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Protect lawns from underground pests
MISSISSIPPI STATE -- Many people work hard to keep weeds out of their yards, but other troubling pests, such as moles and voles, need aggressive treatment as well.
Moles are small, furry creatures with beak-like noses, tiny weak eyes, no visible ears, paddle-like front feet with large claws and stubby, hairless tails. Moles are not likely to be seen, but they leave behind unmistakable evidence.
“Anytime people see irregular, snake-like ridges of soil throughout the lawn and into flowerbeds, they can know that Eastern moles are living in the area,” said Wayne Wells, turf specialist with Mississippi State University's Extension Service. “Their shallow tunneling causes the ridges as they travel in search of food, mainly earthworms, beetles, grubs and other insect larvae.”
While they rarely feed on plant material, their tunneling can cause damage to turf roots, bulbs and other underground plant material.
Pat Sneed, superintendent of MSU's golf course, said moles show up every other year or so on the course near Starkville. They primarily stick to areas where the soils have been modified and are easier to tunnel through.
“In this part of the state, the heavy clay soils are not appealing to moles,” Sneed said.
Wells said environmental conditions have a significant impact on mole activity. Harsh winters or dry conditions can decrease the populations of mole food sources. Irrigated lawns during a drought will concentrate the insect and worm populations, thus attracting more moles.
Voles, or meadow mice, can cause considerable damage to landscape plantings and to a lesser extent, turf.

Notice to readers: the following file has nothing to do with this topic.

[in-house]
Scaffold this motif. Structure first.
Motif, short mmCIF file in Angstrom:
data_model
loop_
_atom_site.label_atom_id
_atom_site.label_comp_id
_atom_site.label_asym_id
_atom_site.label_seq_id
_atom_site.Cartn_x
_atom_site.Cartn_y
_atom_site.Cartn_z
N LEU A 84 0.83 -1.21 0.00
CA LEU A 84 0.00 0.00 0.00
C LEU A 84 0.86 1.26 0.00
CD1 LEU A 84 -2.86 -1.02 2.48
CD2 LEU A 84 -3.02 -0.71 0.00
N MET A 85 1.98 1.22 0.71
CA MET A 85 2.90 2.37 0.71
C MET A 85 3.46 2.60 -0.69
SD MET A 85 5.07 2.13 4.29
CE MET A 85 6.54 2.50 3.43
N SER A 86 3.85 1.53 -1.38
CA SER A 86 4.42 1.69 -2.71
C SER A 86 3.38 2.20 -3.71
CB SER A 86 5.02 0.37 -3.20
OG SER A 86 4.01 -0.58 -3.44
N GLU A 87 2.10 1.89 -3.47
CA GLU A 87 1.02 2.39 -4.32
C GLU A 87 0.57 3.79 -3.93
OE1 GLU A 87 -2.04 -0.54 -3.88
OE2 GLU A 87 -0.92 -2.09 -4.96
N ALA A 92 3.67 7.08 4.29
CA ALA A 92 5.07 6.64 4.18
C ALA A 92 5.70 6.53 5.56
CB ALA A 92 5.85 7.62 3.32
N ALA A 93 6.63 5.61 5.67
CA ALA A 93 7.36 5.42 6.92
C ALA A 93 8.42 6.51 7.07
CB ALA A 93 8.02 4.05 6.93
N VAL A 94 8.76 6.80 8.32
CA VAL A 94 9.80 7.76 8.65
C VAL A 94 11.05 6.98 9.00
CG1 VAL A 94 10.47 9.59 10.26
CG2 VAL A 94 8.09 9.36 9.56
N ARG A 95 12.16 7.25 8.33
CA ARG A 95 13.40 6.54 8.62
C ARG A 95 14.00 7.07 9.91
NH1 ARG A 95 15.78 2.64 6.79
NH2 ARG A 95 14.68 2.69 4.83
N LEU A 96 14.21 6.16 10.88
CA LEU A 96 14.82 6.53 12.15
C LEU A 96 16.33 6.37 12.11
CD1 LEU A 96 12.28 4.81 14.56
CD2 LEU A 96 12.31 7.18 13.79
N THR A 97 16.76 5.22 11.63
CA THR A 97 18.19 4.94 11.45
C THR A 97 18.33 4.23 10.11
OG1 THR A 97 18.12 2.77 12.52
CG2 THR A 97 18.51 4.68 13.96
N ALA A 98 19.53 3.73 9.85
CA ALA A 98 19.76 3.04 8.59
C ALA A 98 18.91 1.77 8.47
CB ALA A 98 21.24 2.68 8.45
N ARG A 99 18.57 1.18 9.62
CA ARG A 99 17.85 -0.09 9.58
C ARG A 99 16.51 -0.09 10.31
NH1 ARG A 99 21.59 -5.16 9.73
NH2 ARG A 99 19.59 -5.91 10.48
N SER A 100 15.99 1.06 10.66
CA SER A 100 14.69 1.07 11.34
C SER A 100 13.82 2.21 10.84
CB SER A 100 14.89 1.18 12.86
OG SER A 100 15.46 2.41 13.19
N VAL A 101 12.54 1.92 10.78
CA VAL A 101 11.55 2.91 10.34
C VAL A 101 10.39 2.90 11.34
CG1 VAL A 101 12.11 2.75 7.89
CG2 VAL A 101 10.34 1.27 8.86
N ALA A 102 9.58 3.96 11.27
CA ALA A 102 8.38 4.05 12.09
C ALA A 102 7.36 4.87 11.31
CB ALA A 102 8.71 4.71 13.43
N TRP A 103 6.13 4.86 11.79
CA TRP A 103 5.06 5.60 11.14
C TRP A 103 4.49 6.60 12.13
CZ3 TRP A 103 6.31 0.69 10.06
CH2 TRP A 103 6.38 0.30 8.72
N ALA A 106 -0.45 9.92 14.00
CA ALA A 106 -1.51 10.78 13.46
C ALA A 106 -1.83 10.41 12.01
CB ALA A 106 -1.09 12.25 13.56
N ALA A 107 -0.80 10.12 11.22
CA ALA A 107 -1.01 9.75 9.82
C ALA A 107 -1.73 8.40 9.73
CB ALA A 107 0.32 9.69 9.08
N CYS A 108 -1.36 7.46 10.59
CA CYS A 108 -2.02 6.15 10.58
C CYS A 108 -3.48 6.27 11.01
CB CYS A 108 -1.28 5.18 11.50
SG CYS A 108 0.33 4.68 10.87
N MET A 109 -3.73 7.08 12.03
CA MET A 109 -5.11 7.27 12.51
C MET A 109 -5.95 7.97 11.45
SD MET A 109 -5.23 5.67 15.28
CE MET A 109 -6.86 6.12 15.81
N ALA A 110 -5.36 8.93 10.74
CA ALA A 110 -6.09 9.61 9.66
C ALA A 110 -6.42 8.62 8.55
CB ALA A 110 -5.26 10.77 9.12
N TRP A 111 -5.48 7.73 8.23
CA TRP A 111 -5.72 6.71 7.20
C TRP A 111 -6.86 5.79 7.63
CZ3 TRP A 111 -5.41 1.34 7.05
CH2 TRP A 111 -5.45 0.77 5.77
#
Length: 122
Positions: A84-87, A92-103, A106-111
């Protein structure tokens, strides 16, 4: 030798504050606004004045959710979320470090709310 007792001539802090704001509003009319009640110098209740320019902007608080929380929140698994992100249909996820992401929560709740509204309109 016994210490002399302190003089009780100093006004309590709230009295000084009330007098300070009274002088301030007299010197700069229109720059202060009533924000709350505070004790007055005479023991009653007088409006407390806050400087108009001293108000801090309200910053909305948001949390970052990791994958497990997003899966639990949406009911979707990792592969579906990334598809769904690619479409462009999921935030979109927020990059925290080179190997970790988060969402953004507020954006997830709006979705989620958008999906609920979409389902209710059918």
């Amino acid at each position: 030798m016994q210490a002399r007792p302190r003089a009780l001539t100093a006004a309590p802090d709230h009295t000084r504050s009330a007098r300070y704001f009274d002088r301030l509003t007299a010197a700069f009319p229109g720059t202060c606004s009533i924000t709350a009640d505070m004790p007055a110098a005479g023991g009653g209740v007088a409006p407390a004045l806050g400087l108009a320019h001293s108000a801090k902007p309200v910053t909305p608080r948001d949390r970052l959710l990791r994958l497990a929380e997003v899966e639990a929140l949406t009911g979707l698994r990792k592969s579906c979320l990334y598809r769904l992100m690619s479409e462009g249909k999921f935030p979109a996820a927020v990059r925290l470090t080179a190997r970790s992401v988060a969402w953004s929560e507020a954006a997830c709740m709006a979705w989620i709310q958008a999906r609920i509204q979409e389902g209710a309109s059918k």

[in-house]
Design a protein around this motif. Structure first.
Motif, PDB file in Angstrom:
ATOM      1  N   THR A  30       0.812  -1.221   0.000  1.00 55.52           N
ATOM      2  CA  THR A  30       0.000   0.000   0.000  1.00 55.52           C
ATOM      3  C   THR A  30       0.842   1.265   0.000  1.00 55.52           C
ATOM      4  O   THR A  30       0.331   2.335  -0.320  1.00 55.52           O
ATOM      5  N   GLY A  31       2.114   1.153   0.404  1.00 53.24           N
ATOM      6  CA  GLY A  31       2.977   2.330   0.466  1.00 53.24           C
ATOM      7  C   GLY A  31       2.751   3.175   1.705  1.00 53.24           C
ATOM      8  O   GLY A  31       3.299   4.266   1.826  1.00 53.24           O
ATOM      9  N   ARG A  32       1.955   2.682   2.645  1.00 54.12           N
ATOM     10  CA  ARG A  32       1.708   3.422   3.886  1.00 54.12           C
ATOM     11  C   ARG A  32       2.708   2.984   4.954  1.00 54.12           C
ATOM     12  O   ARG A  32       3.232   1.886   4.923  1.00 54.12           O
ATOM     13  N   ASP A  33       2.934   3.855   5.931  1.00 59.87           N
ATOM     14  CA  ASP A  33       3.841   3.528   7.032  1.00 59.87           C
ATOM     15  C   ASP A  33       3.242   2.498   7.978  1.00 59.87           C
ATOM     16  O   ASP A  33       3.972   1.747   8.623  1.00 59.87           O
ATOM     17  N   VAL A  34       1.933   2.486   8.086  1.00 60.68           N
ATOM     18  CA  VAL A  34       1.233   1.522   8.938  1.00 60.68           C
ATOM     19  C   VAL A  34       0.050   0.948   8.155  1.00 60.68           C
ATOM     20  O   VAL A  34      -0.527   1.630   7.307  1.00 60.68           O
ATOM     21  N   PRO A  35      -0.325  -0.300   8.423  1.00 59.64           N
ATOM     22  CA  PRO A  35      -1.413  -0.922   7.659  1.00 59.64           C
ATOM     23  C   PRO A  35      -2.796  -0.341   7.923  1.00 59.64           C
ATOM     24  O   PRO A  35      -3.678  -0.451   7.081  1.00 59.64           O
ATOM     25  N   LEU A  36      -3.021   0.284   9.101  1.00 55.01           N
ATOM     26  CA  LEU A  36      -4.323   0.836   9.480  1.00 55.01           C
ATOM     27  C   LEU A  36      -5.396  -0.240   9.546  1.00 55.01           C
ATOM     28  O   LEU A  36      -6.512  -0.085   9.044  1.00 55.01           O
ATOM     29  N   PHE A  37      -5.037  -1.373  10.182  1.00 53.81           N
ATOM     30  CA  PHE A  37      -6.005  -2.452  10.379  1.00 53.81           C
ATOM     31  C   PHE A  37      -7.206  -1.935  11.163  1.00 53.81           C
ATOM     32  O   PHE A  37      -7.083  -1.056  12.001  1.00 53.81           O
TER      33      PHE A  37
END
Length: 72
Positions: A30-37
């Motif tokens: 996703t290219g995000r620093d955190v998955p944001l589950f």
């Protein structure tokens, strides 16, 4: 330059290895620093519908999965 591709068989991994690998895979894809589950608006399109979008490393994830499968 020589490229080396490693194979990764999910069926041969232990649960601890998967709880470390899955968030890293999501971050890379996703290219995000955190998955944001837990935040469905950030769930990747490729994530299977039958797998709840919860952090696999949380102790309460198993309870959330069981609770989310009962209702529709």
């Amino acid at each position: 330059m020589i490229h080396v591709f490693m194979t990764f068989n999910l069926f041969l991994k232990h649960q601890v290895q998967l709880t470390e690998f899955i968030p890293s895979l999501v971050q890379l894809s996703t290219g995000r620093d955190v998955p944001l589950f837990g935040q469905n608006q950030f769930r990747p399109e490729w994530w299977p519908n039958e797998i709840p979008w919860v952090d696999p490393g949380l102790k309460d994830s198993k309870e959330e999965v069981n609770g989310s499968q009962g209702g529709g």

“Voles seldom burrow underground like moles, but they make paths through the turf canopy,” Wells said. “Voles feed on plants. Thin-barked trees and shrubs are their preferred food. The girding of these plants can become severe enough that the plants are weakened and eventually die.”
Wells said baits or traps are commonly used to remove moles and voles. Removing the food sources for moles will prompt them to leave an area, but also will result in the losses of beneficial earthworms.
“Trapping is probably the most cost-effective and safest method for removing moles without hurting earthworms,” he said. “But trapping is not easy and requires a lot of patience and general knowledge of mole habits.”
Rodenticide products for moles and voles are effective but should be used with caution around other wildlife, pets and children.
Since voles feed on vegetation, mousetraps baited with peanut butter, oatmeal, pecans or apple slices can reduce populations. Place them near vole paths in the landscape.